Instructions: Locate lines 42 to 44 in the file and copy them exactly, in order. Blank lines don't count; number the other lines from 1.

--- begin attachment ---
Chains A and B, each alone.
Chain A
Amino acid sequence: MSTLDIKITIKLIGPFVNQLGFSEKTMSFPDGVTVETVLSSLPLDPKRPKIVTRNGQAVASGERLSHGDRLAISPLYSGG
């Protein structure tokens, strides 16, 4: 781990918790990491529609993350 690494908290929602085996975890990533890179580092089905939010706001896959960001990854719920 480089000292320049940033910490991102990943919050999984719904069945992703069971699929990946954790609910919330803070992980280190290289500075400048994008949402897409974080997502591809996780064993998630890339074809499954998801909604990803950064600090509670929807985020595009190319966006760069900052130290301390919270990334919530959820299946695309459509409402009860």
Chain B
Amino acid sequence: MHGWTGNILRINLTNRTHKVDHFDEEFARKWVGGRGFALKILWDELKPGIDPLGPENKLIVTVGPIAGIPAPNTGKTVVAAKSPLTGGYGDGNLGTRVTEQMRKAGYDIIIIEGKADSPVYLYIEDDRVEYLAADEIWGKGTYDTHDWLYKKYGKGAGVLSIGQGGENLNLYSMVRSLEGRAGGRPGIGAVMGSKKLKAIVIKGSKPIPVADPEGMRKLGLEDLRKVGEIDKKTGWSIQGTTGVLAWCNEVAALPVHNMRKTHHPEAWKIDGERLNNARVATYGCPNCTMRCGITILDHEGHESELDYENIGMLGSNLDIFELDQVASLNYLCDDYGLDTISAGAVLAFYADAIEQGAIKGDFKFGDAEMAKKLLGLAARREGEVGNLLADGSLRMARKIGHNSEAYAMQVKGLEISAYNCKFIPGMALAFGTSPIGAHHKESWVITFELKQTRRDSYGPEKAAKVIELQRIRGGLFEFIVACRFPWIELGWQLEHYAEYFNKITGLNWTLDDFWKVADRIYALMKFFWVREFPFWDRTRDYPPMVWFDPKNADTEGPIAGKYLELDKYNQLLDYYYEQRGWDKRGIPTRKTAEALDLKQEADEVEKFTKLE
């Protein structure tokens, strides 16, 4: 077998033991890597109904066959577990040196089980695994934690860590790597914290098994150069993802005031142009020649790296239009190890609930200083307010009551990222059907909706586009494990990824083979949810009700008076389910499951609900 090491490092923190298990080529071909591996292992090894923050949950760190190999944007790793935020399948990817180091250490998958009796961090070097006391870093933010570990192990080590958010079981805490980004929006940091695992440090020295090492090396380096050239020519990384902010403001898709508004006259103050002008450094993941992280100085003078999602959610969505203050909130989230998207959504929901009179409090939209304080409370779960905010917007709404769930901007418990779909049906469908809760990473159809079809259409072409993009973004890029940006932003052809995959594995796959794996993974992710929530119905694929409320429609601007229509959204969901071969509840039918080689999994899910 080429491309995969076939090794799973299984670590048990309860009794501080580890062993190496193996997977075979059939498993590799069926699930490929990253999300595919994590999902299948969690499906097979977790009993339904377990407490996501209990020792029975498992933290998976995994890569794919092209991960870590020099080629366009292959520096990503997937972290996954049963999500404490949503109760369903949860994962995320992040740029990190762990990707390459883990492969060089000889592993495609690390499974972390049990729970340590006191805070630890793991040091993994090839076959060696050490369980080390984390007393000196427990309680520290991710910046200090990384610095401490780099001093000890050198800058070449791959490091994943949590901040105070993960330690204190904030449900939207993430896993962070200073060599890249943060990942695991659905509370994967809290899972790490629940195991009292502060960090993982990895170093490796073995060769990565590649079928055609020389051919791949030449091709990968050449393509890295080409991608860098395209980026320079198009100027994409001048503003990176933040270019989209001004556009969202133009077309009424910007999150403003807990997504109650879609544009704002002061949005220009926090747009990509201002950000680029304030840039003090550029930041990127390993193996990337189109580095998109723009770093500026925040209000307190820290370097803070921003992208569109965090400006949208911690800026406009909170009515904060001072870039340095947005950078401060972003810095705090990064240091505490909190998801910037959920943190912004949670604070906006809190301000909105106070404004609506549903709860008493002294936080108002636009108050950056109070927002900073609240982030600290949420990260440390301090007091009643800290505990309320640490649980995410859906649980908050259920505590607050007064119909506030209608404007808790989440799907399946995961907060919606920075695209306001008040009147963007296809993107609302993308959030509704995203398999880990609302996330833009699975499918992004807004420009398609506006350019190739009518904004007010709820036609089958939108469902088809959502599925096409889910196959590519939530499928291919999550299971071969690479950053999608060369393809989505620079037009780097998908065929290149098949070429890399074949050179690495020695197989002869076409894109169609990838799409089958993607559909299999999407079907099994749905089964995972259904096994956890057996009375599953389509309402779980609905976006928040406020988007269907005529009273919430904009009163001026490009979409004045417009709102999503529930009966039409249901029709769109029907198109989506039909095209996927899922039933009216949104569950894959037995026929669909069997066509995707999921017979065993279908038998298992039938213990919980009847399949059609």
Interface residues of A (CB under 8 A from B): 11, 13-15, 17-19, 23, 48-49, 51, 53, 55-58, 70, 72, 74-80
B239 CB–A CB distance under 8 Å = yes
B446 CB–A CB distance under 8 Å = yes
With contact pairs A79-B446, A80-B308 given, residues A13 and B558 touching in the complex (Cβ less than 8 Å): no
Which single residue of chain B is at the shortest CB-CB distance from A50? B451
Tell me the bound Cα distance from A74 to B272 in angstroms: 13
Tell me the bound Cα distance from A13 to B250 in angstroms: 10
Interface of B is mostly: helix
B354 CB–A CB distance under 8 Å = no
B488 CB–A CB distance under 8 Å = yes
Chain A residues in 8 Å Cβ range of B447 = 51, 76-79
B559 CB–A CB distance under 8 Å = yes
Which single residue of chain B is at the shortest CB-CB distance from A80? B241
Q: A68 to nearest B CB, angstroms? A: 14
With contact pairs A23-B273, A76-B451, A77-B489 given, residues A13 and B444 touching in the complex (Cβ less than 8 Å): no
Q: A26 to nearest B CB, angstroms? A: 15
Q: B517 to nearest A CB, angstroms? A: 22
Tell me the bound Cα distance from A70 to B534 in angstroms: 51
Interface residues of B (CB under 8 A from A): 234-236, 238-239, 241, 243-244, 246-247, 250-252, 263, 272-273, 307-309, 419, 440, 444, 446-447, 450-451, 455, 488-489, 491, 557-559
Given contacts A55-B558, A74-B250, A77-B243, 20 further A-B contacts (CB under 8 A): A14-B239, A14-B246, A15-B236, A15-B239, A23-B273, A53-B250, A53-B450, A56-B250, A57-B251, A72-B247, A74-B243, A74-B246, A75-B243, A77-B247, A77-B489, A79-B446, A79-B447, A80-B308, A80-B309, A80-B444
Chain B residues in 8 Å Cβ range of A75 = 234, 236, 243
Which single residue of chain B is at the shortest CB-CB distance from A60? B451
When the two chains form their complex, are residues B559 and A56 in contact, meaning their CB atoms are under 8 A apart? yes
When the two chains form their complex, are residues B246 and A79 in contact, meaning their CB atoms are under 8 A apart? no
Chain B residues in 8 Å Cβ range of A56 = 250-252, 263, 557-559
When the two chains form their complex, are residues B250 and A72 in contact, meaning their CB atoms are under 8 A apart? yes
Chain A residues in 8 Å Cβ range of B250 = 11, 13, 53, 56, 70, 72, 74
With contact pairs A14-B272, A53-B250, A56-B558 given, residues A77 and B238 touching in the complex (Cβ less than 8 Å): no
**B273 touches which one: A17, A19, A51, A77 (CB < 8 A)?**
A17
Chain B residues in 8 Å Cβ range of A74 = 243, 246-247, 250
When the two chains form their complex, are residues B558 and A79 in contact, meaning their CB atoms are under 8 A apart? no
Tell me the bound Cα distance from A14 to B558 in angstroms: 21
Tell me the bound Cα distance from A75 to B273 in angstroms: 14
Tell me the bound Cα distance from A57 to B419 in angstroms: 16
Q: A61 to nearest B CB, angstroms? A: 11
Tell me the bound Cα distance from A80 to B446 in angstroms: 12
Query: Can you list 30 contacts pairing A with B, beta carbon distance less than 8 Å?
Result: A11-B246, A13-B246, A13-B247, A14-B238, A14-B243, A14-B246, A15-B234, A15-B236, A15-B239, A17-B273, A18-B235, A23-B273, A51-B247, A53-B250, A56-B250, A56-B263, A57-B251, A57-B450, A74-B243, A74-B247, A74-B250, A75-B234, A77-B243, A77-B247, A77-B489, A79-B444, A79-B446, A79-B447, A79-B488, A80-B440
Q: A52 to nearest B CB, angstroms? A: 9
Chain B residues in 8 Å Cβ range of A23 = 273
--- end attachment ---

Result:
Tell me the bound Cα distance from A57 to B419 in angstroms: 16
Q: A61 to nearest B CB, angstroms? A: 11
Tell me the bound Cα distance from A80 to B446 in angstroms: 12